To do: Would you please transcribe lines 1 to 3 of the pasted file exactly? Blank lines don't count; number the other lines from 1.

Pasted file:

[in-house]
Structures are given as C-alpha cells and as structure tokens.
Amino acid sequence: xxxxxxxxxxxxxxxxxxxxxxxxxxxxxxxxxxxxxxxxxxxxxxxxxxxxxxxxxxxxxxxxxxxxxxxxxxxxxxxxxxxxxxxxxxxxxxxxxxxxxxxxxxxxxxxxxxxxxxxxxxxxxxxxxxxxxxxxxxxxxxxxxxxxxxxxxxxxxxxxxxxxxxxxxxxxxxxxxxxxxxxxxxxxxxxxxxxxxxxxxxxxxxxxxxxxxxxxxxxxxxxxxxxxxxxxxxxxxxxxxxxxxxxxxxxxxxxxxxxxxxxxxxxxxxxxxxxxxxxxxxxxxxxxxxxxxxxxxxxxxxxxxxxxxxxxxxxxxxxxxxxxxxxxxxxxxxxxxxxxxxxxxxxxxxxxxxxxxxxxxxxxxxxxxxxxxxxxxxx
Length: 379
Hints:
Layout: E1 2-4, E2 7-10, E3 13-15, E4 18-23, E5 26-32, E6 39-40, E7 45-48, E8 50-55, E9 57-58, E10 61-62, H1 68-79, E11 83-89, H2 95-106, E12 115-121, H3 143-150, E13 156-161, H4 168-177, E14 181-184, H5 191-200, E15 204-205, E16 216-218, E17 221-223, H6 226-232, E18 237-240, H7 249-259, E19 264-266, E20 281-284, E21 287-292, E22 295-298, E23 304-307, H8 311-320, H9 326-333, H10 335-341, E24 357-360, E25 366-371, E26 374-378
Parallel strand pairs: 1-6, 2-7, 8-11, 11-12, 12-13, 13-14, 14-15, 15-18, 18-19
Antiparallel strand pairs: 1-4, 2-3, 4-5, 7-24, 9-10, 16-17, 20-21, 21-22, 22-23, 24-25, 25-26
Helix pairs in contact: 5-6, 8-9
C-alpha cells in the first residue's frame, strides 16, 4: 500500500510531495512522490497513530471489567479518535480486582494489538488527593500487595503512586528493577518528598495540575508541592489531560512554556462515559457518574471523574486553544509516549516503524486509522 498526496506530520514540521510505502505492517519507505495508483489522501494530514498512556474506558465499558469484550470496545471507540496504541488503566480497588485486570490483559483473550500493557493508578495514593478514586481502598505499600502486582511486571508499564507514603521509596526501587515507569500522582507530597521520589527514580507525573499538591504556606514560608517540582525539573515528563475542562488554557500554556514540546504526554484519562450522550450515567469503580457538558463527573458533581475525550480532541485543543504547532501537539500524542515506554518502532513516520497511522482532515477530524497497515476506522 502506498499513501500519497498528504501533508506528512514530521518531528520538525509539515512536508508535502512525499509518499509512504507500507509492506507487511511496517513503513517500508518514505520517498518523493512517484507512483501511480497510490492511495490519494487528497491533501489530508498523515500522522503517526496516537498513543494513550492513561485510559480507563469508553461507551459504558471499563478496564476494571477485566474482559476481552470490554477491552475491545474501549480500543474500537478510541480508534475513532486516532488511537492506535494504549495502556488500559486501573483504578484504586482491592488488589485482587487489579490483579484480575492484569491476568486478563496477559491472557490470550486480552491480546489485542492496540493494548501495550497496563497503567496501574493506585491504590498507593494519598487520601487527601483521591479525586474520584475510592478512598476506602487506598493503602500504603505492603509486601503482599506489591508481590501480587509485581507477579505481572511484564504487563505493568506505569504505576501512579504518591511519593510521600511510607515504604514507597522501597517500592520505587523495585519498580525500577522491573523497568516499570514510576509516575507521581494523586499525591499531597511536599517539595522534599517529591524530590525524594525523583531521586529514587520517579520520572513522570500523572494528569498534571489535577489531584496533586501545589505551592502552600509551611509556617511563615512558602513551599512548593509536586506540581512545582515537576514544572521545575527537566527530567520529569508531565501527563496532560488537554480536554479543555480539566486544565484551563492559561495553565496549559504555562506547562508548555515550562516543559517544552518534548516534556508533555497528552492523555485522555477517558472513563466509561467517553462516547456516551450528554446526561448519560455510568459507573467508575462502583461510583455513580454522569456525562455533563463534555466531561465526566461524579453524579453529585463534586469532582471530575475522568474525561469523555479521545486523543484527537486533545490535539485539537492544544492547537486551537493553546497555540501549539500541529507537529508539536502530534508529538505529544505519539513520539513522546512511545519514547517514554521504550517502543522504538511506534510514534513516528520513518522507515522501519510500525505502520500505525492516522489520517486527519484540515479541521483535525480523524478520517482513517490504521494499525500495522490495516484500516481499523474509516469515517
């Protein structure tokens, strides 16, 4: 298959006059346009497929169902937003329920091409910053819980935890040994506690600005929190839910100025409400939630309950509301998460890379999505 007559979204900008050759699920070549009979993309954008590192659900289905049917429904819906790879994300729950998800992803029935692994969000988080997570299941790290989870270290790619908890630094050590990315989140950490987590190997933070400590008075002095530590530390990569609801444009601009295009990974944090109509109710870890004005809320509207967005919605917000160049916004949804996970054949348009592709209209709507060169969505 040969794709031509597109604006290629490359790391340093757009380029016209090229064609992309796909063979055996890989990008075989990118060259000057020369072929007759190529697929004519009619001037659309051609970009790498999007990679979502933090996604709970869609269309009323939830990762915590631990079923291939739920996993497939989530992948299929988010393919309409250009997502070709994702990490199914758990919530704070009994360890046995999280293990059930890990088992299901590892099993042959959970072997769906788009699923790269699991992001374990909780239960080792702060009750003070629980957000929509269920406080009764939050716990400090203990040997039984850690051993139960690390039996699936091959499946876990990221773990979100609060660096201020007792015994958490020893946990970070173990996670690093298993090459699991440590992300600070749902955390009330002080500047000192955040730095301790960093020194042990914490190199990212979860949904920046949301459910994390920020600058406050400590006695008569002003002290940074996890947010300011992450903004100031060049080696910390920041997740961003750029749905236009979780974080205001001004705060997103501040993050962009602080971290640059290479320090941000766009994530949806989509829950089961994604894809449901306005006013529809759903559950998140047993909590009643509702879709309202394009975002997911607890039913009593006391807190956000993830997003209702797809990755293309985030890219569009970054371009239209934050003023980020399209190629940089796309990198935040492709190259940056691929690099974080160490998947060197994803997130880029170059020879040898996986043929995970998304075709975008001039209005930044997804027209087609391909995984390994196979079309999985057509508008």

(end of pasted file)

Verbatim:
[in-house]
Structures are given as C-alpha cells and as structure tokens.
Amino acid sequence: xxxxxxxxxxxxxxxxxxxxxxxxxxxxxxxxxxxxxxxxxxxxxxxxxxxxxxxxxxxxxxxxxxxxxxxxxxxxxxxxxxxxxxxxxxxxxxxxxxxxxxxxxxxxxxxxxxxxxxxxxxxxxxxxxxxxxxxxxxxxxxxxxxxxxxxxxxxxxxxxxxxxxxxxxxxxxxxxxxxxxxxxxxxxxxxxxxxxxxxxxxxxxxxxxxxxxxxxxxxxxxxxxxxxxxxxxxxxxxxxxxxxxxxxxxxxxxxxxxxxxxxxxxxxxxxxxxxxxxxxxxxxxxxxxxxxxxxxxxxxxxxxxxxxxxxxxxxxxxxxxxxxxxxxxxxxxxxxxxxxxxxxxxxxxxxxxxxxxxxxxxxxxxxxxxxxxxxxxxx